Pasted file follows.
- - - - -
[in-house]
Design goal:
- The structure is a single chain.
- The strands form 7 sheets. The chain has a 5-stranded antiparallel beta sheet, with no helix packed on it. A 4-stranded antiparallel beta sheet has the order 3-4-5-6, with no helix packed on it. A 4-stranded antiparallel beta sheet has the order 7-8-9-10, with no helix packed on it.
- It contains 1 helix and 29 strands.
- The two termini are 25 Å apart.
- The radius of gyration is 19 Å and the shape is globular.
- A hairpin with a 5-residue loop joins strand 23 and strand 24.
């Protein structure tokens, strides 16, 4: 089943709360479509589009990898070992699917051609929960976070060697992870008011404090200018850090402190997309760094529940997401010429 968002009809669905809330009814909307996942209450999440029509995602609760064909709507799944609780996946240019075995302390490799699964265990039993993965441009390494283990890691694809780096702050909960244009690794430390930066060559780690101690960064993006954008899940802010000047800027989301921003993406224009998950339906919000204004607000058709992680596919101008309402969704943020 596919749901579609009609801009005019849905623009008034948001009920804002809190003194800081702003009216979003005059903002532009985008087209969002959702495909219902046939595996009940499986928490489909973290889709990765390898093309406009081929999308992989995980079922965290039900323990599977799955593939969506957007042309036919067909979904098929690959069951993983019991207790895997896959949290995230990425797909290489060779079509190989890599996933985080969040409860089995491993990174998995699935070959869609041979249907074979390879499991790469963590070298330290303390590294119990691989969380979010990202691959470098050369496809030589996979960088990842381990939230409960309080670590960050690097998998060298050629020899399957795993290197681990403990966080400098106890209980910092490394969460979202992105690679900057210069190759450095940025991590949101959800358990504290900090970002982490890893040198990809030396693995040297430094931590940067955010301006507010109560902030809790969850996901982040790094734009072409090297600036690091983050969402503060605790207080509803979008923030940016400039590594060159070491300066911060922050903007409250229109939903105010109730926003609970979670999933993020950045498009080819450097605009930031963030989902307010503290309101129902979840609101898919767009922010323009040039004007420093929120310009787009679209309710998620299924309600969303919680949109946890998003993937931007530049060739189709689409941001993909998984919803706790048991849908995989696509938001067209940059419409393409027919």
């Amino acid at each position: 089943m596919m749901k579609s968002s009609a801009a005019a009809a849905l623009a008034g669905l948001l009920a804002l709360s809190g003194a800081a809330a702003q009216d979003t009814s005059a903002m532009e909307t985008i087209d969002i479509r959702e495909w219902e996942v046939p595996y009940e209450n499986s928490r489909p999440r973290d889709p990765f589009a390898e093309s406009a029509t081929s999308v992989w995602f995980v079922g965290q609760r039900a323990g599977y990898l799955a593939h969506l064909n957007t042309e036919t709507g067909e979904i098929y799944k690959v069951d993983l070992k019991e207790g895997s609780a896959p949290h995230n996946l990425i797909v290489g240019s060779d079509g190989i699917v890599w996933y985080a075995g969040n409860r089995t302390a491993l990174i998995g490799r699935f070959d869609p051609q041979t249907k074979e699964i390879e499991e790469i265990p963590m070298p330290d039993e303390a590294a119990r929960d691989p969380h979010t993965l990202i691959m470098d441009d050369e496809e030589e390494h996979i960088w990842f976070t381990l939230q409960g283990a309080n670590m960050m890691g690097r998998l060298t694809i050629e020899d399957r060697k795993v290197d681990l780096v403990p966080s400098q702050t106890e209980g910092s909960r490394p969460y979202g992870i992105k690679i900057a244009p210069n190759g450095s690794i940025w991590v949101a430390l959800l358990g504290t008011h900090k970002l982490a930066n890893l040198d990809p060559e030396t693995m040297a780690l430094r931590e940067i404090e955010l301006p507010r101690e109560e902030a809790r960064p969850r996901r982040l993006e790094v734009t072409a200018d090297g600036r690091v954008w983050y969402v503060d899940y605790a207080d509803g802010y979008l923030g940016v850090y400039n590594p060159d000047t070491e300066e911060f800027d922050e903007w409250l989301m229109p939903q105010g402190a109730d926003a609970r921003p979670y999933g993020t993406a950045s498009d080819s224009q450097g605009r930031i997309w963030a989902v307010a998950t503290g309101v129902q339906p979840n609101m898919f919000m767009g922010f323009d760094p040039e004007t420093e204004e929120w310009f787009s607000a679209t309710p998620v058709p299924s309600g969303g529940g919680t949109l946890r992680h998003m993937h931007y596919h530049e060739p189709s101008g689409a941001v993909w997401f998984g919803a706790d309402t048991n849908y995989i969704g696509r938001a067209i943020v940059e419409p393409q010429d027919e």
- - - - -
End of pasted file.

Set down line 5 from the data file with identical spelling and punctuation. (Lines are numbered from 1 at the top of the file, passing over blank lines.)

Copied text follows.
- It contains 1 helix and 29 strands.